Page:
A to Z Blogging Challenge: (D)reamcast

DreamcastI remember when the Dreamcast was first announced and Sega started running those “It’s Thinking” commercials. I remember how creepy I thought those commercials were, with that sultry voice whispering the catchphrase as though she was trying to warn us about the imminent rise of the machines. If I’d only been able to see ten years into the future I’d have realized that the Dreamcast’s “thinking” capabilities were like a rat running a maze compared to the technology we’d have soon enough.

But I digress.

Sega’s Dreamcast console was released in Japan in 1998 and in North America the following year. It was the first game console of that generation (preceding the Playstation 2, X-Box, and GameCube), and was the first console to include a built-in modem for internet support and online play. Unfortunately, while the system initially enjoyed a very successful US launch, interest steadily declined as the anticipated launch of the Playstation 2 approached. Despite several price cuts to the system, Sega eventually had to discontinue the product, and settled instead for restructuring itself as a third-party game developer. However, despite it’s untimely demise, many people have considered the Dreamcast to have been way ahead of its time, and possibly even the best console of the generation.

My husband purchased a Dreamcast when we were in high school, and I can definitely say that it was ahead of its time. We had so much fun with that system, mainly due to the fact that it had some truly outstanding games. Space Channel 5 was one of my favorites because it was so different from anything I’d ever played up to that point. In this game players controlled an interstellar news reporter, Ulala, who would fight aliens via her groovy dance moves. It was my first experience with rhythm-style games and it was just so weird and different that you could hardly help but love it.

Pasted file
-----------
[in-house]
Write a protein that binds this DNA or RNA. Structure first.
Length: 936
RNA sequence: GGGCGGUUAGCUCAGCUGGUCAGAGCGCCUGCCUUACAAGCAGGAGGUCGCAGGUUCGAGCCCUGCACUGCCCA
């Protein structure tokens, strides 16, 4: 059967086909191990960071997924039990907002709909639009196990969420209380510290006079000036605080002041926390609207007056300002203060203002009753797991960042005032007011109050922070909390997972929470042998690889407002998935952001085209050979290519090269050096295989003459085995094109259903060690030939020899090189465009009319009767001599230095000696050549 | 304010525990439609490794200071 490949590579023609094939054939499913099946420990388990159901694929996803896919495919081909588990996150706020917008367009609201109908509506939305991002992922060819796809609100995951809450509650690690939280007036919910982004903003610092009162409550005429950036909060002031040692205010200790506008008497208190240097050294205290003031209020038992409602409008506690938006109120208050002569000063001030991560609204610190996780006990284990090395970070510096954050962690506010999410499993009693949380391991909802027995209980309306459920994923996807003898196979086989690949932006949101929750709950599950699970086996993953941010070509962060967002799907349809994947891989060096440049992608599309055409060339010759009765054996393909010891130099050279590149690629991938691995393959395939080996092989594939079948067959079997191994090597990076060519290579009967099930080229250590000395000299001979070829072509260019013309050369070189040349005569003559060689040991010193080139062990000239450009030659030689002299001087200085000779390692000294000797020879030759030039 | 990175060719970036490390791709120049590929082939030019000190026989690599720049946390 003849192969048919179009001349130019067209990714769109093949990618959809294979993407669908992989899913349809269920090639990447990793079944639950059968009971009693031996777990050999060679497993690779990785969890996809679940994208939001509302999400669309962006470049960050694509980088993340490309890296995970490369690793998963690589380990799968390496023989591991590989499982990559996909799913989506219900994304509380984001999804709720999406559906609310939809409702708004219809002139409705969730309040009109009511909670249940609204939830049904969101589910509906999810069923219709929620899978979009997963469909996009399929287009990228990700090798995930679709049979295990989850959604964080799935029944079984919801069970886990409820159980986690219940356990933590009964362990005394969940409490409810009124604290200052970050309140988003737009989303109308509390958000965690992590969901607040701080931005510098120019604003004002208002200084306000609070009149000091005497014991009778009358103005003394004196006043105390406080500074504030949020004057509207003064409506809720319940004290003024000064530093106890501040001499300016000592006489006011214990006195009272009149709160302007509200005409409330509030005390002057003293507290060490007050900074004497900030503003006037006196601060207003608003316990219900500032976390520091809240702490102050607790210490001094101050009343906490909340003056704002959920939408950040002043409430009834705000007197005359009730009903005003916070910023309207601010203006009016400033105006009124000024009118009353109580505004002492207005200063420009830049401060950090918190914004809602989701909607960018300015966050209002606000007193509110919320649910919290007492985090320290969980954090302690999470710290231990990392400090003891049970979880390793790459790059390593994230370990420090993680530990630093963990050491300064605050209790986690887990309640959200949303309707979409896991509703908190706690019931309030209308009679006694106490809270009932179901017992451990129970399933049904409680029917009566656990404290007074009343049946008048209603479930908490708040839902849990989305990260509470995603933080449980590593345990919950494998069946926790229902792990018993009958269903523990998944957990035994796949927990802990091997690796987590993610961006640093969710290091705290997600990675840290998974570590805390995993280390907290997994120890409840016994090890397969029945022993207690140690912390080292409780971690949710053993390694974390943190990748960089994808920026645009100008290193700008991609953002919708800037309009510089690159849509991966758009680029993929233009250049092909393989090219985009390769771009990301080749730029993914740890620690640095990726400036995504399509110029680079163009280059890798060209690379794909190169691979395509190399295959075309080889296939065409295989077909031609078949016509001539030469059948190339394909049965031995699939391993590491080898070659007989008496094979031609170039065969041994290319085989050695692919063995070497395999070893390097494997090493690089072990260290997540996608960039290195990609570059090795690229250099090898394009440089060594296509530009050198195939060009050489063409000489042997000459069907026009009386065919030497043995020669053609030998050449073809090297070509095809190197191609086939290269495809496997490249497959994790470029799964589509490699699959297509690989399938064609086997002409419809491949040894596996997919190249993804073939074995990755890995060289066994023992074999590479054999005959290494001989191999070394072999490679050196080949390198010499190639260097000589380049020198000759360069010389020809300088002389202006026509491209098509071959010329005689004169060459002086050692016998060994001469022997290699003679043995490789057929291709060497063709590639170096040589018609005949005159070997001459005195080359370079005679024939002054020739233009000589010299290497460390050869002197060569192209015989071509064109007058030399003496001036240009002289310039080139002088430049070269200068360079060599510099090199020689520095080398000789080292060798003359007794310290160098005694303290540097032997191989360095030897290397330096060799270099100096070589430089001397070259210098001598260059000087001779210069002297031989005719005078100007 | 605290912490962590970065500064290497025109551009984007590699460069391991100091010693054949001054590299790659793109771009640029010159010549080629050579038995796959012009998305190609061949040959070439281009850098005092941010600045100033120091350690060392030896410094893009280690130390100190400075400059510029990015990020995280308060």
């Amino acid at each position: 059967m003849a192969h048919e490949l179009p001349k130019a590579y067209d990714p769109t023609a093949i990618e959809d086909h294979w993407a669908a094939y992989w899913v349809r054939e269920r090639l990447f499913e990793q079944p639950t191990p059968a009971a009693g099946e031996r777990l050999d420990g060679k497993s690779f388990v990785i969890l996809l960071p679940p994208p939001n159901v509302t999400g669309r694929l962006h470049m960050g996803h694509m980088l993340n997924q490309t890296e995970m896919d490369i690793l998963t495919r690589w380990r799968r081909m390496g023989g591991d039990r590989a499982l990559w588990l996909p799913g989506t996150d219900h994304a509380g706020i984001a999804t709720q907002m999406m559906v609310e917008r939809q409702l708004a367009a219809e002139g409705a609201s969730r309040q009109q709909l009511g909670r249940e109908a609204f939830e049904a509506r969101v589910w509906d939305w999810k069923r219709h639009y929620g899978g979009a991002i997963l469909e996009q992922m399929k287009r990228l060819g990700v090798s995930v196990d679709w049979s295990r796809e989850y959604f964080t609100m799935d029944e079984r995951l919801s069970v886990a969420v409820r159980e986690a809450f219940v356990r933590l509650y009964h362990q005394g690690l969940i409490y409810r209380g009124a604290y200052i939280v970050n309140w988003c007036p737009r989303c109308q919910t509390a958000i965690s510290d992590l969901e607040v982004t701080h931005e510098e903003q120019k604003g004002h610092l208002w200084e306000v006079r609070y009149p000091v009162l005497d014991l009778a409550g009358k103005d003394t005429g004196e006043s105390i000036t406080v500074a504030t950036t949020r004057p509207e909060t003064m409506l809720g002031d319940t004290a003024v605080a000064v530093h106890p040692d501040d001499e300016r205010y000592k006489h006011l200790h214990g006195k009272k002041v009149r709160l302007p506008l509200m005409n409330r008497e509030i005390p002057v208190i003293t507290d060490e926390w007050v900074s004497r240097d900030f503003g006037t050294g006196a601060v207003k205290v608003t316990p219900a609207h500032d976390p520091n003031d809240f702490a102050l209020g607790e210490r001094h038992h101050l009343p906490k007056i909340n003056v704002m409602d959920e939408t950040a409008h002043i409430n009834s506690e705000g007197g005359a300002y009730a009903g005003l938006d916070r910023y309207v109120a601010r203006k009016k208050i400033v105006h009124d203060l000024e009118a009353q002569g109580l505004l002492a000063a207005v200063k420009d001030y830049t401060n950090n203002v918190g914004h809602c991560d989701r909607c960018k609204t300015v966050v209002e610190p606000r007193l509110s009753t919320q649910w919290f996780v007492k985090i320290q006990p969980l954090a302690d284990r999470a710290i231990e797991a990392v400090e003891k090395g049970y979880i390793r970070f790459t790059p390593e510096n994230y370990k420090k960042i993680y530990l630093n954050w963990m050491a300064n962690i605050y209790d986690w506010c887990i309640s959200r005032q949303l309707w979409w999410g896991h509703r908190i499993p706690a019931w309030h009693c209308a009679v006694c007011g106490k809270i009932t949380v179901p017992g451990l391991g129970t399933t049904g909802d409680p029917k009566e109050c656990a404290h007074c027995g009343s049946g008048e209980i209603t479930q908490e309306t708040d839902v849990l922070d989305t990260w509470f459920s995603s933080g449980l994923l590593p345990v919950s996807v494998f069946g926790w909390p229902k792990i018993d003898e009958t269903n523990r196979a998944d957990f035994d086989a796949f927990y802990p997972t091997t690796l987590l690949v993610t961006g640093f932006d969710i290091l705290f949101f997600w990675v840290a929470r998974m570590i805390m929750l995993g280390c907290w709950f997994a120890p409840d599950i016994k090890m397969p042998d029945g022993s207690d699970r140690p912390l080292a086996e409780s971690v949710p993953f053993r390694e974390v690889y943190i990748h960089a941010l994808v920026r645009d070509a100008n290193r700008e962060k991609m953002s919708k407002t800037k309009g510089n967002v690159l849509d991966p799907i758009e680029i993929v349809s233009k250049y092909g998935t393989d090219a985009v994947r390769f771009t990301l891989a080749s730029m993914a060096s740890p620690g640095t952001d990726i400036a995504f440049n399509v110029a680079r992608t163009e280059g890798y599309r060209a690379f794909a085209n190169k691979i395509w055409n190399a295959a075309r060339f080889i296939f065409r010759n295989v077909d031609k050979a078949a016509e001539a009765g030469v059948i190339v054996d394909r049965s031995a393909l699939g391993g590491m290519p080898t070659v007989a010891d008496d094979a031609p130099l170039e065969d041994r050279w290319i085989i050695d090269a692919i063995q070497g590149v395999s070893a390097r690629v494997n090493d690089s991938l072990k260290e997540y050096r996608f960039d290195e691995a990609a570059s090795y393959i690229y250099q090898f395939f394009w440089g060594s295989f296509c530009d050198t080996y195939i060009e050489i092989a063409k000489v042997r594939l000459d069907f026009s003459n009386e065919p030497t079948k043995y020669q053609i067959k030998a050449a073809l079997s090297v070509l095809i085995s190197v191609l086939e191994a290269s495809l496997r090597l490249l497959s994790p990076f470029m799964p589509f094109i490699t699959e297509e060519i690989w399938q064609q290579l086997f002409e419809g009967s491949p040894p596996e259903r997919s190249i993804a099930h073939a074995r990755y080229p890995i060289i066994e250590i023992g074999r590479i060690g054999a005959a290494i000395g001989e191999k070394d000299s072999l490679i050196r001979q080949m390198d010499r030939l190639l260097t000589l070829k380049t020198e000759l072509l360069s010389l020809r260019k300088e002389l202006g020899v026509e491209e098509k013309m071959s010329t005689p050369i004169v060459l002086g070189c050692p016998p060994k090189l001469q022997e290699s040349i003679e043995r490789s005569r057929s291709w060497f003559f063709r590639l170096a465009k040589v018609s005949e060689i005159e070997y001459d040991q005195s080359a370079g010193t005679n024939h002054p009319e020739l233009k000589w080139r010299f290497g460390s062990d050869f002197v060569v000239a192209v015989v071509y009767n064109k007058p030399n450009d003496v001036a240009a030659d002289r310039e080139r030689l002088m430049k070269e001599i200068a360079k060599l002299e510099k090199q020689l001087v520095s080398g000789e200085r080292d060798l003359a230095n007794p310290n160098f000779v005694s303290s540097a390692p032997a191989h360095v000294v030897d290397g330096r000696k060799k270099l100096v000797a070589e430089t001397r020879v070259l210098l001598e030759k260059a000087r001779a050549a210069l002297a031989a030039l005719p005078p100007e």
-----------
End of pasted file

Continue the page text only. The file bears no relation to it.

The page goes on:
Screenshots do nothing to show how foolish and upbeat this game was.
Screenshots do nothing to show how foolish and upbeat this game was.

Another favorite of mine was the fast-paced, open-world racing game, Crazy Taxi, and many an hour of the life of my husband’s machine was spent running the well-loved Marvel vs Capcom 2 fighting game.

In truth, the Sega Dreamcast was a robust console (my husband actually took it to the beach once – don’t ask – and even after clogging it with sand it still worked just fine) with an outstanding game library that really should have succeeded. Unfortunately that’s not what happened and Sega ended up withdrawing from the console race for good. Fortunately, my husband still has his Dreamcast and games, so when we feel nostalgic we still have the ability to go back and enjoy a little bit of space-dance-battling.

Did you own a Dreamcast when they were available? If so, do you still have it now? What were your favorite games? Please share!

Enjoying the A to Z Challenge? Why not check out these other participating blogs:

Jemima Pett, Author
Dylan at George’s Guinea Pig World
Sandra Ulbrich Almazon: Spec. Fic. Author
Inderpreet Kaur @ Eloquent Articulation
Yes, Virginia, There Is Life After Retirement
Samantha Bryant – Balancing Act
Charity’s Writing Journey
Melissa Barker-Simpson
Flash Fiction